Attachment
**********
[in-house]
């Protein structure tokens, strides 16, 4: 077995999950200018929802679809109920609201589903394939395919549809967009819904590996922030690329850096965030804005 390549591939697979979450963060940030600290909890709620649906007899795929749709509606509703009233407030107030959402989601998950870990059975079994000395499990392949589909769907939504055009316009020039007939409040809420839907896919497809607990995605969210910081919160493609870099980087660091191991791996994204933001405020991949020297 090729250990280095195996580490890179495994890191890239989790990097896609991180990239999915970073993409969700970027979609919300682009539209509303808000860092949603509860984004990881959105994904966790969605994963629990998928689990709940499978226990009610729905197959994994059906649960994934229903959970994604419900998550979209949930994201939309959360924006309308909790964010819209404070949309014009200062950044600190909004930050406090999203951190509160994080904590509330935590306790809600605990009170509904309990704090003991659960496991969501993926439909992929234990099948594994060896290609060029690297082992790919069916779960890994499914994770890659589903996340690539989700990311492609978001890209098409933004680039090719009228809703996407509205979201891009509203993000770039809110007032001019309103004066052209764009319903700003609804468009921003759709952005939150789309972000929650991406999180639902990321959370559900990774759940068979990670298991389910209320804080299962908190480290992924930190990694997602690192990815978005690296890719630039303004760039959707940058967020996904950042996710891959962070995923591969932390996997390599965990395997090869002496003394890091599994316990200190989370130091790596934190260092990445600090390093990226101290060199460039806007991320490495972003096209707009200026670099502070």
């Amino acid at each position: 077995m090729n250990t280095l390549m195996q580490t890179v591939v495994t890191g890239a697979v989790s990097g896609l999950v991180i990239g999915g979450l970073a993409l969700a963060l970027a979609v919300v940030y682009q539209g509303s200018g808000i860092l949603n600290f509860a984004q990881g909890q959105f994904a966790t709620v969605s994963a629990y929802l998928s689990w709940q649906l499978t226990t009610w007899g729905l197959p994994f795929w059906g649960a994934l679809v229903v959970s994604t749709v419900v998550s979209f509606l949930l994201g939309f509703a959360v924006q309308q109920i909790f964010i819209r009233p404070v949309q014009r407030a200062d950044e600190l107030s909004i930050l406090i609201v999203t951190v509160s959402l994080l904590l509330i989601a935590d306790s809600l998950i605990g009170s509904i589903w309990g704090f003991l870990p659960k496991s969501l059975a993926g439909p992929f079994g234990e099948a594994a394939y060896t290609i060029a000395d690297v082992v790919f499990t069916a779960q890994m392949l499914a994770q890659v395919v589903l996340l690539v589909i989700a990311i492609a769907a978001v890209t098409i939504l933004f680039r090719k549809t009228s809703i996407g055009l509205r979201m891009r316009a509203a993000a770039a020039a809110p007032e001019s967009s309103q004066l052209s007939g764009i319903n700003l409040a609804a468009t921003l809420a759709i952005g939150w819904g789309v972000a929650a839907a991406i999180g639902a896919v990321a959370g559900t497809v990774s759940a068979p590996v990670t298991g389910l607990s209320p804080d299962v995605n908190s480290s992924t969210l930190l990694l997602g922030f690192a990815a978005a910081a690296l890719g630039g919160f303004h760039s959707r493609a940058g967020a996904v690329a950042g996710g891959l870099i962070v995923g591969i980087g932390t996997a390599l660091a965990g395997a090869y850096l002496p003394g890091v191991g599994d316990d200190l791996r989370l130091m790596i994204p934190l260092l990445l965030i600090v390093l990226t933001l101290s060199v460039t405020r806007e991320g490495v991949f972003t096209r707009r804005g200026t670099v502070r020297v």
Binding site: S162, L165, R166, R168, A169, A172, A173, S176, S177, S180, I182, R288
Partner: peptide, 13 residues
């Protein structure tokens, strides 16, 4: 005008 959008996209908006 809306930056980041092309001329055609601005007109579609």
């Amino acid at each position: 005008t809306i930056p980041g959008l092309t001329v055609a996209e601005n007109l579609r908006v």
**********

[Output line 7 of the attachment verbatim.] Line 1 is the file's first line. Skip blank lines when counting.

């Amino acid at each position: 005008t809306i930056p980041g959008l092309t001329v055609a996209e601005n007109l579609r908006v």